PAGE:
The Central Blood Bank Society (CBBS) is literally a life-saving institution in Gaza. Its motto – “From Heart to Heart” – aptly sums up its mission to encourage people to donate blood to help others survive.
“The Bank, with branches in Rafah and Khan Younis, plays a key role in the community with limited resources but it suffered from old and out-dated lab equipment and refrigerators, which badly affected their ability to serve the community,” said Dr. Mostafa El-Ghosiene, Anera’s Gaza manager of the in-kind donation program.
During the bombardments in 2009, the Bank provided blood when it wasn’t available in local hospitals and clinics. CBBS Director Dr. Nahed Abu Asi remembers the difficult time. “People were not able to leave their residential areas. We ordered five shipments from the National Blood Bank of Jordan but we had a major problem with blood storage.” The blood Bank received 100 units of blood and 1,000 units of plasma and had to store the shipment in huge supermarket ice cream refrigerators. “It was the only option and it helped us save lives,” he explained.
Thanks to a generous $100,000 donation from the National American Arab Medical Association (NAAMA), Anera was able to deliver much-needed equipment to the Bank, including refrigerators, refrigerated centrifuges, an electric sealer, chemistry analyzer, Eliza reader, CBC machine, water bath and micro-plate washer. With the donation, the Bank has increased its blood storage capacity and laboratory services.
“It makes a tremendous improvement to what we can provide in terms of developing the capacity of the laboratory and the Bank itself,” said Dr. Nahed. The Khan Younis and Rafah branches each received a refrigerator, which doubled their blood storage capacity from 150 to 300 units.
Staff has also upgraded the cleanliness of operations with the electric sealer, replacing manual closure of blood bags. “The staff used to tie the tube of the blood bag, which increased the risk of contamination,” said Dr Abu Asi.
The Bank conducts numerous tests to make sure donated blood is free of critical viruses like HIV, HCV and HBSAG. For more than a decade, the staff did the testing manually, which took an hour to complete. Thanks to the Eliza reader, they can conduct tests on 60 blood units in just 15 minutes.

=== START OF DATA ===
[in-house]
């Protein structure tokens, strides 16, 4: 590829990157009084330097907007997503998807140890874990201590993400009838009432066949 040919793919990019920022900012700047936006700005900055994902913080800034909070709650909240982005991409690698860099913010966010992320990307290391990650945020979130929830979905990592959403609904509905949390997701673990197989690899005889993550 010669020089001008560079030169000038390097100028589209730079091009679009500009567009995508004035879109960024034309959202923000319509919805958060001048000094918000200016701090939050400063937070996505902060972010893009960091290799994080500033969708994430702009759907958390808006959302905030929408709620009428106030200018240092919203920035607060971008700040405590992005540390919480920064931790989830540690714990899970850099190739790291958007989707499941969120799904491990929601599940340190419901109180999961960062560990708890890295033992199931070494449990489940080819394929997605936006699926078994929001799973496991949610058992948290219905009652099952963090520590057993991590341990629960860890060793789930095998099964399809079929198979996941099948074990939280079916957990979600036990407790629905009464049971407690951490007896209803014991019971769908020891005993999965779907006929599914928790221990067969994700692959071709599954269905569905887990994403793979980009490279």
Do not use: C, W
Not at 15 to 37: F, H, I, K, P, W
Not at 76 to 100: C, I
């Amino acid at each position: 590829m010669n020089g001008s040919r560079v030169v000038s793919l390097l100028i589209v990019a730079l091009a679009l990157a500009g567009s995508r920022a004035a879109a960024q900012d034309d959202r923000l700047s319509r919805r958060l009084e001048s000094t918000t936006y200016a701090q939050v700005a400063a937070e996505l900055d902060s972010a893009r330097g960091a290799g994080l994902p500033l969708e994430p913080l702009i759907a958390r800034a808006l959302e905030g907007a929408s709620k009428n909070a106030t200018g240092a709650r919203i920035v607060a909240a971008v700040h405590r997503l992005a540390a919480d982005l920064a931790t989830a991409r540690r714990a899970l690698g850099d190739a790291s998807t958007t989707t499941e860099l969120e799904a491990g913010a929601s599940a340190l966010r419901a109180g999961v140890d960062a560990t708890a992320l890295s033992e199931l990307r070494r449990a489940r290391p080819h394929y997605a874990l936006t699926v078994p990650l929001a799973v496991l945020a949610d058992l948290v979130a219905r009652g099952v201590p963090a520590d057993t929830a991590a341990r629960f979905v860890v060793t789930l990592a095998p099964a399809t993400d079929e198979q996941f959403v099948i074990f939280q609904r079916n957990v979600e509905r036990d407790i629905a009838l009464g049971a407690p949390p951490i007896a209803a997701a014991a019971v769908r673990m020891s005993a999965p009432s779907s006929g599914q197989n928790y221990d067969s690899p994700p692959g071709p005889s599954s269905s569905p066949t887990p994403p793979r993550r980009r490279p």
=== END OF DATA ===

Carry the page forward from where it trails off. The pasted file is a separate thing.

Since 2004, the Bank stopped the public lab testing because of the deteriorated equipment. With the new donations, they can now offer testing and analysis services at very low prices. A glucose test at the blood Bank, for example, costs 5 NIS ($1.40), compared to 15 NIS ($4.25) elsewhere. Dr. Abu Asi explains, “The low cost of tests benefit people in need and the Bank still can generate enough income to cover operating and maintenance costs.”
Director Abu Asi says the centrifuge, which separates blood, is one of the Bank’s most beneficial additions, “During an emergency here in Gaza, we treat bleeding patients who are in need of certain content of blood or plasma. If we give the patients a whole unit of blood, it could make the condition worse.”
Looking to the future with renewed confidence, Dr Abu Asi says the Anera contribution has a long-term impact on the community. He says Central Blood Bank Society plans to open a training facility for local medical students and conduct health information campaigns for the local community to increase awareness about the benefits of the blood Bank’s services.